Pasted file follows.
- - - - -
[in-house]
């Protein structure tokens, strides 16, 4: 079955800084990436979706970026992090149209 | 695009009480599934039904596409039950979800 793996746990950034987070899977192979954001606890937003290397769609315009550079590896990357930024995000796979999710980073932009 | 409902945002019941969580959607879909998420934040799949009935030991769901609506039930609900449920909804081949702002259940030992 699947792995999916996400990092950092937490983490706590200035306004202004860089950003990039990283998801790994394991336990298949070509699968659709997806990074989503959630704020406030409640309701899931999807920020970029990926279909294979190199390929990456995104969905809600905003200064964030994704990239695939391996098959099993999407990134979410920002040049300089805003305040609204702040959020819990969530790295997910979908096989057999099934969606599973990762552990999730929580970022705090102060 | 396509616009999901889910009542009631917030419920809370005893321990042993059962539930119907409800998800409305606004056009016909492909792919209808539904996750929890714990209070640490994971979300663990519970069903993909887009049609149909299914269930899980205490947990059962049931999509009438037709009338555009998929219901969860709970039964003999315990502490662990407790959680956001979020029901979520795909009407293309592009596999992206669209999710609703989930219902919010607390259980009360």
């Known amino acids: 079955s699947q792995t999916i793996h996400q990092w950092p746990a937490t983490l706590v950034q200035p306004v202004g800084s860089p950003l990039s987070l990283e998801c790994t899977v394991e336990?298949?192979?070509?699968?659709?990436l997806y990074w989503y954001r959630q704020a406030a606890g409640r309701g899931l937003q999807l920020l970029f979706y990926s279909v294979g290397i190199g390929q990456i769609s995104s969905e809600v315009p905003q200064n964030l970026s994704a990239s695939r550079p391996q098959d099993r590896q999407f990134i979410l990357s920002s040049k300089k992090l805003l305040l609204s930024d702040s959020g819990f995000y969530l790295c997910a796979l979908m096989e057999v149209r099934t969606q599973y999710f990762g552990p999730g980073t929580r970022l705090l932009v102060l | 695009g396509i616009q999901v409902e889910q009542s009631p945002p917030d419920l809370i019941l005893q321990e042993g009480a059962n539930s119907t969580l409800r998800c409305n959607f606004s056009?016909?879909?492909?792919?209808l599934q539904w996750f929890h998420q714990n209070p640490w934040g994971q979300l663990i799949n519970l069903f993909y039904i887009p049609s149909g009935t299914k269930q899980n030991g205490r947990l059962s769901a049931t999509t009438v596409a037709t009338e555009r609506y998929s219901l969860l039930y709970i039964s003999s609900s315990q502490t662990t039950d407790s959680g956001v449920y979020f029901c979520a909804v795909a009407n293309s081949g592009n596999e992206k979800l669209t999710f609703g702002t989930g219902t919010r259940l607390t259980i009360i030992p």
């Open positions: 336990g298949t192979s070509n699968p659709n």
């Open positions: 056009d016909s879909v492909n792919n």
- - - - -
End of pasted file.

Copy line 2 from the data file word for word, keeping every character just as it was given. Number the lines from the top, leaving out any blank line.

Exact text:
């Protein structure tokens, strides 16, 4: 079955800084990436979706970026992090149209 | 695009009480599934039904596409039950979800 793996746990950034987070899977192979954001606890937003290397769609315009550079590896990357930024995000796979999710980073932009 | 409902945002019941969580959607879909998420934040799949009935030991769901609506039930609900449920909804081949702002259940030992 699947792995999916996400990092950092937490983490706590200035306004202004860089950003990039990283998801790994394991336990298949070509699968659709997806990074989503959630704020406030409640309701899931999807920020970029990926279909294979190199390929990456995104969905809600905003200064964030994704990239695939391996098959099993999407990134979410920002040049300089805003305040609204702040959020819990969530790295997910979908096989057999099934969606599973990762552990999730929580970022705090102060 | 396509616009999901889910009542009631917030419920809370005893321990042993059962539930119907409800998800409305606004056009016909492909792919209808539904996750929890714990209070640490994971979300663990519970069903993909887009049609149909299914269930899980205490947990059962049931999509009438037709009338555009998929219901969860709970039964003999315990502490662990407790959680956001979020029901979520795909009407293309592009596999992206669209999710609703989930219902919010607390259980009360």